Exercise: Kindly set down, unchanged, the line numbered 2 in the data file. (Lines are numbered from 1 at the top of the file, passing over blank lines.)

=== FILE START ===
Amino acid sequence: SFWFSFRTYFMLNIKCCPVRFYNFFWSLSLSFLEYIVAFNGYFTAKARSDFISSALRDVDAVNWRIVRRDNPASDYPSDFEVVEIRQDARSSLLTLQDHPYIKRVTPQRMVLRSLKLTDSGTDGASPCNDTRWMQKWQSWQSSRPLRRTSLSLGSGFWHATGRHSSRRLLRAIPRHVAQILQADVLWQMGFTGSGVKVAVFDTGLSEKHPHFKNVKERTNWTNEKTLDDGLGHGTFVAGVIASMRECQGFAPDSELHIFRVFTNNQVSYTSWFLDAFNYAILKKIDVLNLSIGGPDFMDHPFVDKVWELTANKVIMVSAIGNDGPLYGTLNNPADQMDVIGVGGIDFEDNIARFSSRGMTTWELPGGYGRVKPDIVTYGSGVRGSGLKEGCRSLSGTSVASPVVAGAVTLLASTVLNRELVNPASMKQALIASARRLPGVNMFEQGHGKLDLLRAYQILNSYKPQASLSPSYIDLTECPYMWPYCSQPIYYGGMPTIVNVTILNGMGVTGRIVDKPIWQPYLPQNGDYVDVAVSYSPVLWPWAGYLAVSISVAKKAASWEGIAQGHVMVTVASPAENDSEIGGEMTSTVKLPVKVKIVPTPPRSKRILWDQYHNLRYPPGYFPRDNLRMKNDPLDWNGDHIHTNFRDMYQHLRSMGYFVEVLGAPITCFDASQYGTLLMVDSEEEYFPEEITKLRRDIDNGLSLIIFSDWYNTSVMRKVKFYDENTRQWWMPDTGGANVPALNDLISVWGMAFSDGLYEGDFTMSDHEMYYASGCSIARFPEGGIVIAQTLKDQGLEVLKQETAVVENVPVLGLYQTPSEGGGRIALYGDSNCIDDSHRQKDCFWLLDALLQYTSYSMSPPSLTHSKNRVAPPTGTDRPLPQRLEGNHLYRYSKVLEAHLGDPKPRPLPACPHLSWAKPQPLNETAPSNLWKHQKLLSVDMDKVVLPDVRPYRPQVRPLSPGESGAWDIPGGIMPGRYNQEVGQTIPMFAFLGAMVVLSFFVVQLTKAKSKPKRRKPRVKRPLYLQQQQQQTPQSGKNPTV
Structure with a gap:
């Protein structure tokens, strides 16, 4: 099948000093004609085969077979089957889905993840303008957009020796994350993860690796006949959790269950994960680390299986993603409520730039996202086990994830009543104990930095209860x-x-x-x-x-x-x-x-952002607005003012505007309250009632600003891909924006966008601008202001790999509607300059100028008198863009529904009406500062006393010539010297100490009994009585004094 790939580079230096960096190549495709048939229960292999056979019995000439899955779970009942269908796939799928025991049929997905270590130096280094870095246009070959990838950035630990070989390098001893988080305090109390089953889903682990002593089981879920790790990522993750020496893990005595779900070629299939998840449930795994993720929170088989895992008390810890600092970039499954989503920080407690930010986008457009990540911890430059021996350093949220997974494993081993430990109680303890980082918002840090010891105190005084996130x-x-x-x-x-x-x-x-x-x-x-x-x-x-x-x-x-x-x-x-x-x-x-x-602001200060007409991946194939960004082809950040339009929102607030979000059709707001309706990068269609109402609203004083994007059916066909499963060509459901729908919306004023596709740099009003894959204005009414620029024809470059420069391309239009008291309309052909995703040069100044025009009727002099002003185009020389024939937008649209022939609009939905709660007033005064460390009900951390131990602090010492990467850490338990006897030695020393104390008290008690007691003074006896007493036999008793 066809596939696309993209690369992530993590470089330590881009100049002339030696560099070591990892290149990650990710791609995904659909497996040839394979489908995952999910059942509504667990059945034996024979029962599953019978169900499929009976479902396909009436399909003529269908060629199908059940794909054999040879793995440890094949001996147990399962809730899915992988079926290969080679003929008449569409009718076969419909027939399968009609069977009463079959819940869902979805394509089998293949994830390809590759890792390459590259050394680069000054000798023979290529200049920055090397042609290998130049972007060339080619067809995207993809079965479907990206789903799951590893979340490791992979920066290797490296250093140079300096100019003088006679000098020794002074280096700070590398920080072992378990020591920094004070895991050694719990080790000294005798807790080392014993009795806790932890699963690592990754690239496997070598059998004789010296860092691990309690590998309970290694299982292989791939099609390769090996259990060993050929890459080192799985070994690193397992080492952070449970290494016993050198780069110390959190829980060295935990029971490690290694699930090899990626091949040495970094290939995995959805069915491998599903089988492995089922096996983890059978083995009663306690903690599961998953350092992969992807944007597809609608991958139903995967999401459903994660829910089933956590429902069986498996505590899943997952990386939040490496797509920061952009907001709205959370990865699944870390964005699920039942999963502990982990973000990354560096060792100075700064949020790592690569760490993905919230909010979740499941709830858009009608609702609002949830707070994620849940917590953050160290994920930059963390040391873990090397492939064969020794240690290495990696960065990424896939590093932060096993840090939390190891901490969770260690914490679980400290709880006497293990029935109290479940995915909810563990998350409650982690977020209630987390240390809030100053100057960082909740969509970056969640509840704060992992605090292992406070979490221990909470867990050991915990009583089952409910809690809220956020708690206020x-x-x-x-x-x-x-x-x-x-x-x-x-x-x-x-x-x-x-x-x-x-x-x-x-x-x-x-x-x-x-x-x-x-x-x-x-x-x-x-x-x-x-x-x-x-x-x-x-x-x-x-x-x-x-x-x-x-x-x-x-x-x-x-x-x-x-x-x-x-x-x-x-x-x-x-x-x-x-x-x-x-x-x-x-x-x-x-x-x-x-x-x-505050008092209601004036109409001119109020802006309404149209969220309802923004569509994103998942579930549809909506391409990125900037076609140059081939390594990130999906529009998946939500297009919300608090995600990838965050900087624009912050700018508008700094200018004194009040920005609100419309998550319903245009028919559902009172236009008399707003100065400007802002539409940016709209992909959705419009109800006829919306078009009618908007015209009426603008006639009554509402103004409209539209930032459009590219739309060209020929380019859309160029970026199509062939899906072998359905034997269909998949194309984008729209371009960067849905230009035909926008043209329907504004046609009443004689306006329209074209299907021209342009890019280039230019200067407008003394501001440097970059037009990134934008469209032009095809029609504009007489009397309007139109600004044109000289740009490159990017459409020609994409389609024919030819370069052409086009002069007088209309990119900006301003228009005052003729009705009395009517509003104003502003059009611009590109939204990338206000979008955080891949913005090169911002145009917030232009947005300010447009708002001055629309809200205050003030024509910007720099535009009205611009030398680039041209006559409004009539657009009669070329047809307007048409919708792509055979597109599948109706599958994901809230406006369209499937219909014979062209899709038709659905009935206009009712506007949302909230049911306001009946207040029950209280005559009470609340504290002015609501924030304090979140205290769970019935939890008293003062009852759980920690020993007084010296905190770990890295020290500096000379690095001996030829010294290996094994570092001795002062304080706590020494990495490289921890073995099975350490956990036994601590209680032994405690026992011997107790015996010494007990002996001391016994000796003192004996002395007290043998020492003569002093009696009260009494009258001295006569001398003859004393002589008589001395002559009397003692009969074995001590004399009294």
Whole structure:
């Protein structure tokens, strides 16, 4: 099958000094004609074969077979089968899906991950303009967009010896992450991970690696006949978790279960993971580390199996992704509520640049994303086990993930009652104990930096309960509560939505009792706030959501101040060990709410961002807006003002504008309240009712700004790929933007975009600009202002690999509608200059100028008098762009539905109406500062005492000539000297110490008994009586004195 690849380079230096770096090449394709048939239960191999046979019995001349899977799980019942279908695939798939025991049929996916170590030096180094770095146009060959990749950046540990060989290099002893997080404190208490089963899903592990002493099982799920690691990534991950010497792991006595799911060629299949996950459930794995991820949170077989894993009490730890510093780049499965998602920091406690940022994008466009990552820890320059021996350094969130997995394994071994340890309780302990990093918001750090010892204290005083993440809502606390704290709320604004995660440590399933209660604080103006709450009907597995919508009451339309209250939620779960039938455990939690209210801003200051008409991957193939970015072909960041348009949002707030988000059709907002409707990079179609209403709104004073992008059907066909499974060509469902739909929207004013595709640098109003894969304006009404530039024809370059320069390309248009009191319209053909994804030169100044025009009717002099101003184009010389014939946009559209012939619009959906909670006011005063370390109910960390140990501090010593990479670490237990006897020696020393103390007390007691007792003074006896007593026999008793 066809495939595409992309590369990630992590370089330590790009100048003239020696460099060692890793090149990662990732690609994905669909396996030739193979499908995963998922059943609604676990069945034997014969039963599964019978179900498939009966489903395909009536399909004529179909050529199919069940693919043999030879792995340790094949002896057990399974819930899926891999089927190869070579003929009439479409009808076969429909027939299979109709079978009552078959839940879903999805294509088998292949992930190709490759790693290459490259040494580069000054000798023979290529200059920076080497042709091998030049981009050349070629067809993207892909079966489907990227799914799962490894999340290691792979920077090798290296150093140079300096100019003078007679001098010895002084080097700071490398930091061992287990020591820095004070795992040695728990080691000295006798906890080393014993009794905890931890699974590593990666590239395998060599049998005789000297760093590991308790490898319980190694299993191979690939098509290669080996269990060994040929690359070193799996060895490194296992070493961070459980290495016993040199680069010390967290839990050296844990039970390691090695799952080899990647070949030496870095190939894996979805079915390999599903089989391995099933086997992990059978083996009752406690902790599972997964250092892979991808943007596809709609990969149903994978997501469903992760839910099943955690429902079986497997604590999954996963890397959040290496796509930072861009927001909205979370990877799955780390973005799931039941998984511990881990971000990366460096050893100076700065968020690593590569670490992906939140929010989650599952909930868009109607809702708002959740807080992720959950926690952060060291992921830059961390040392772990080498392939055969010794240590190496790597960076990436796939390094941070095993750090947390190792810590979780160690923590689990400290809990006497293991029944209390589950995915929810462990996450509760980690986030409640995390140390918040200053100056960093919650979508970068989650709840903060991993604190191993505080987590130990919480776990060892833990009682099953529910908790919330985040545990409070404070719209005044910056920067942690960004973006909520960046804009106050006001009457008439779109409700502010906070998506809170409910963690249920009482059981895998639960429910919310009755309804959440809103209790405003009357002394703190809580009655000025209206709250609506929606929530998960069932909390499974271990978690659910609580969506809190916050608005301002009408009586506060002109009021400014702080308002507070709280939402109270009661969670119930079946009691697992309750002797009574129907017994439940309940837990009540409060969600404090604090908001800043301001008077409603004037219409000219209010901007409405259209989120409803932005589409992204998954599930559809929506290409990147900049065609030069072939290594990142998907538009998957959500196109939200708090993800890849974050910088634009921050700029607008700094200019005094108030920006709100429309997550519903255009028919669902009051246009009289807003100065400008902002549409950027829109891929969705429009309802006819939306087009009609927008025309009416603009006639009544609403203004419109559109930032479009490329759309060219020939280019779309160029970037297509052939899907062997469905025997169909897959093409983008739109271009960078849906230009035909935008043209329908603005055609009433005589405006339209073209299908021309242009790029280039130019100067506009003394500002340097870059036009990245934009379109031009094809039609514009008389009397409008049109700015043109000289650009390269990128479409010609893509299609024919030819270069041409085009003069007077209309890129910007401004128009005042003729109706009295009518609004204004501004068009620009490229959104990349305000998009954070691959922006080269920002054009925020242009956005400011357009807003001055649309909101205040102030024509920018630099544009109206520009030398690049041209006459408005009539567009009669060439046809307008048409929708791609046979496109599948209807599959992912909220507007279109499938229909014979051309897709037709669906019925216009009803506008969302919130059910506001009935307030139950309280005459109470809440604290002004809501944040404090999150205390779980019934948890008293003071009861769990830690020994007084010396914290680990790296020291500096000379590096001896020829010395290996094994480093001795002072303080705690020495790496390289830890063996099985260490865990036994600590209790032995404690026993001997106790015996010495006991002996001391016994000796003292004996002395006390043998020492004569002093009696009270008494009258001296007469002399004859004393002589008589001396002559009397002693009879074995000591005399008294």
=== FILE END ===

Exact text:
Structure with a gap: